Why do we Have to Die? – Part 2

All Saints Day is coming up on November 1.  This is a day where we remember those who have died in the faith.  It is a day we remember that in life and death, we belong to Christ.  This is the second of a two-part series.  You can find part 1 here.
Jewish tombs on the Mount of Olives.
Jewish tombs on the Mount of Olives.

I believe God created us because God wanted to share creation with us and because we bring God joy.  One of the greatest pains of human experience is the death of a loved one. So if God loves us so much, why do we have to die?

In John 12:24, Jesus tells his disciples:

Very truly, I tell you, unless a grain of wheat falls into the earth and dies, it remains just a single grain; but if it dies, it bears much fruit. (NRSV)

Here, Jesus is explaining why he has to die. I think this was pretty hard for the disciples to hear. After all, wouldn’t it be better if Jesus would just stay living? The only thing they knew was Jesus being with them – how could it possibly be better for him to die and leave them?

Jesus told the disciples he would not orphan them[1], and that the Holy Spirit would come after he left the earth[2]. On this side of Easter, we know that because Jesus died and was resurrected, we have certain hope that the same will be true for us. If Jesus had just lived out his life or ascended to heaven without dying first, how would we know these things to be true? It was hard for the disciples to believe, but Jesus’ death would result in something even better than they could imagine.

Paul wrote something similar to the Corinthians[3]:

35-38 Some skeptic is sure to ask, “Show me how resurrection works. Give me a diagram; draw me a picture. What does this ‘resurrection body’ look like?” If you look at this question closely, you realize how absurd it is. There are no diagrams for this kind of thing. We do have a parallel experience in gardening. You plant a “dead” seed; soon there is a flourishing plant. There is no visual likeness between seed and plant. You could never guess what a tomato would look like by looking at a tomato seed. What we plant in the soil and what grows out of it don’t look anything alike. The dead body that we bury in the ground and the resurrection body that comes from it will be dramatically different.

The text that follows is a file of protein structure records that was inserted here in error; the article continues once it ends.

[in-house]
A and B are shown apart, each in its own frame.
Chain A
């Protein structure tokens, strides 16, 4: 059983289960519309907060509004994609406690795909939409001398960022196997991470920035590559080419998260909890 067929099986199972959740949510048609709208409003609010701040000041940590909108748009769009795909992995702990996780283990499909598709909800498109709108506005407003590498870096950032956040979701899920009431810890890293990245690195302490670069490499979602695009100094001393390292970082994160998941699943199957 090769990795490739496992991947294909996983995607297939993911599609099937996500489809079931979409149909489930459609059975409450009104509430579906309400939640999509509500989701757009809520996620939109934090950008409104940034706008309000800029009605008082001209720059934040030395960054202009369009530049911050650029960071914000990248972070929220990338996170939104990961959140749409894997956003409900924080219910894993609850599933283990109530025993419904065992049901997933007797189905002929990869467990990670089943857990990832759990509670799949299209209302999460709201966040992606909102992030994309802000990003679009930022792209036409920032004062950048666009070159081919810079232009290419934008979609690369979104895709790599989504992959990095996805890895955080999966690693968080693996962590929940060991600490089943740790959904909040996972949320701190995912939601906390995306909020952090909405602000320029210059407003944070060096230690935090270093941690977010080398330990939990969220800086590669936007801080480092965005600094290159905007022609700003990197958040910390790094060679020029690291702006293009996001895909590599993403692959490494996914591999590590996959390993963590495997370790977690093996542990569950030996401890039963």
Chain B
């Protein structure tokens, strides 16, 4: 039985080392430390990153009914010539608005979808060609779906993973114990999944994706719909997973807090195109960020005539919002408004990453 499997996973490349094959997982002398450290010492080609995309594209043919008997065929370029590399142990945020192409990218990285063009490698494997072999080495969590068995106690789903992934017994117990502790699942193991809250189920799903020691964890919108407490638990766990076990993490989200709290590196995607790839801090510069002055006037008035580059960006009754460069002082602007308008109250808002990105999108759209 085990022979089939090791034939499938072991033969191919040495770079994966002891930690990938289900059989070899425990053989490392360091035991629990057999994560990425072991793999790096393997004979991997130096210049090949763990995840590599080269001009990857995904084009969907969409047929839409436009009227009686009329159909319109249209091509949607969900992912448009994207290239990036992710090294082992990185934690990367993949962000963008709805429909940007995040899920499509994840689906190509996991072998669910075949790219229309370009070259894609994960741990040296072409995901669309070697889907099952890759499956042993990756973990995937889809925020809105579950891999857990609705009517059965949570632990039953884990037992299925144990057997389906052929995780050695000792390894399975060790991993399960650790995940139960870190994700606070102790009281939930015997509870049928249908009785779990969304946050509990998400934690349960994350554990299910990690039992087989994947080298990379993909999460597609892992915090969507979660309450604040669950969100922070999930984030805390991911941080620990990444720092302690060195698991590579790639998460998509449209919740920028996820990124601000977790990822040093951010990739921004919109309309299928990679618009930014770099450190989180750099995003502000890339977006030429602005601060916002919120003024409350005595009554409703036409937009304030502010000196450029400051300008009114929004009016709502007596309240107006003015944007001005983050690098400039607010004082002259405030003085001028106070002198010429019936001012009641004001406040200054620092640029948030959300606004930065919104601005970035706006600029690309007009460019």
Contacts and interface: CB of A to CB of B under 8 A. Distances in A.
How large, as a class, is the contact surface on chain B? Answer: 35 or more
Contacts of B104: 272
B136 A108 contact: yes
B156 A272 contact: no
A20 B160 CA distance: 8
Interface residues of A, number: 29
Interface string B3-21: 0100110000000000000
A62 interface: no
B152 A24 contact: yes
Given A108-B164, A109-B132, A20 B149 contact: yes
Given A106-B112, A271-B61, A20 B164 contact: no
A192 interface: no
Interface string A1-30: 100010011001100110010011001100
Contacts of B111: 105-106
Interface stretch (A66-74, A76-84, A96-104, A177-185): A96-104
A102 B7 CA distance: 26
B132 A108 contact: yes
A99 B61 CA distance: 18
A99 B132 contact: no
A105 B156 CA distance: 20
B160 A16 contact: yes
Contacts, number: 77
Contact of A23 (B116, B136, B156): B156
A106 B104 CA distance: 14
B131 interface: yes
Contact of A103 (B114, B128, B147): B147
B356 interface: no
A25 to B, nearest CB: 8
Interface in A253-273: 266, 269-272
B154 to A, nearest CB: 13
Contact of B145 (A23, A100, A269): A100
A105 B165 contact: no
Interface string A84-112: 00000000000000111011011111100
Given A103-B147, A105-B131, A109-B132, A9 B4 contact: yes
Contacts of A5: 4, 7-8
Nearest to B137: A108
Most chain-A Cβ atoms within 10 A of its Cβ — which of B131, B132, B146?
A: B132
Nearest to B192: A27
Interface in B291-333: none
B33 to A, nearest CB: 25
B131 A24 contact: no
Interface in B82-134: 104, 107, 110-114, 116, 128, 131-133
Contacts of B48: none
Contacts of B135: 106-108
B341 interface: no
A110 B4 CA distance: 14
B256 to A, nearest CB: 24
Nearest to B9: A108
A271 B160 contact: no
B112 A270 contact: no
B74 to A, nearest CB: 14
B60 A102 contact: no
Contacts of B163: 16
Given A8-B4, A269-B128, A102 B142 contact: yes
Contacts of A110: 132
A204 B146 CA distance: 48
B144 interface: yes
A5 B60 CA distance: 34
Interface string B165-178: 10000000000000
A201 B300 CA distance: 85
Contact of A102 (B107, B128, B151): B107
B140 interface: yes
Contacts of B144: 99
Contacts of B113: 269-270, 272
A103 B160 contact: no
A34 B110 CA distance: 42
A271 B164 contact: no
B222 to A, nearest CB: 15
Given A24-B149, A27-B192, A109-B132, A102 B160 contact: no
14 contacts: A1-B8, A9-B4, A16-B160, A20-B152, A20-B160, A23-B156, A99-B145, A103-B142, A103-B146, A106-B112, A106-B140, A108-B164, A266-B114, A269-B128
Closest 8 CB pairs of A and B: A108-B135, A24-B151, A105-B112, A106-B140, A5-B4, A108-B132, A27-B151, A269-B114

39-41 You will notice that the variety of bodies is stunning. Just as there are different kinds of seeds, there are different kinds of bodies—humans, animals, birds, fish—each unprecedented in its form. You get a hint at the diversity of resurrection glory by looking at the diversity of bodies not only on earth but in the skies—sun, moon, stars—all these varieties of beauty and brightness. And we’re only looking at pre-resurrection “seeds”—who can imagine what the resurrection “plants” will be like!

42-44 This image of planting a dead seed and raising a live plant is a mere sketch at best, but perhaps it will help in approaching the mystery of the resurrection body—but only if you keep in mind that when we’re raised, we’re raised for good, alive forever! The corpse that’s planted is no beauty, but when it’s raised, it’s glorious. Put in the ground weak, it comes up powerful. The seed sown is natural; the seed grown is supernatural—same seed, same body, but what a difference from when it goes down in physical mortality to when it is raised up in spiritual immortality!

The Corinthians were worried about what would happen with their body after they die. Paul says they don’t need to worry about that; there is something more important they should be thinking about. We can’t even comprehend what our post-resurrection bodies will look like just like we couldn’t know what a tomato plant will look like when we plant a seed.

You may be thinking, “Well that’s great, Paul, but why do I need or even want to have a resurrection body?”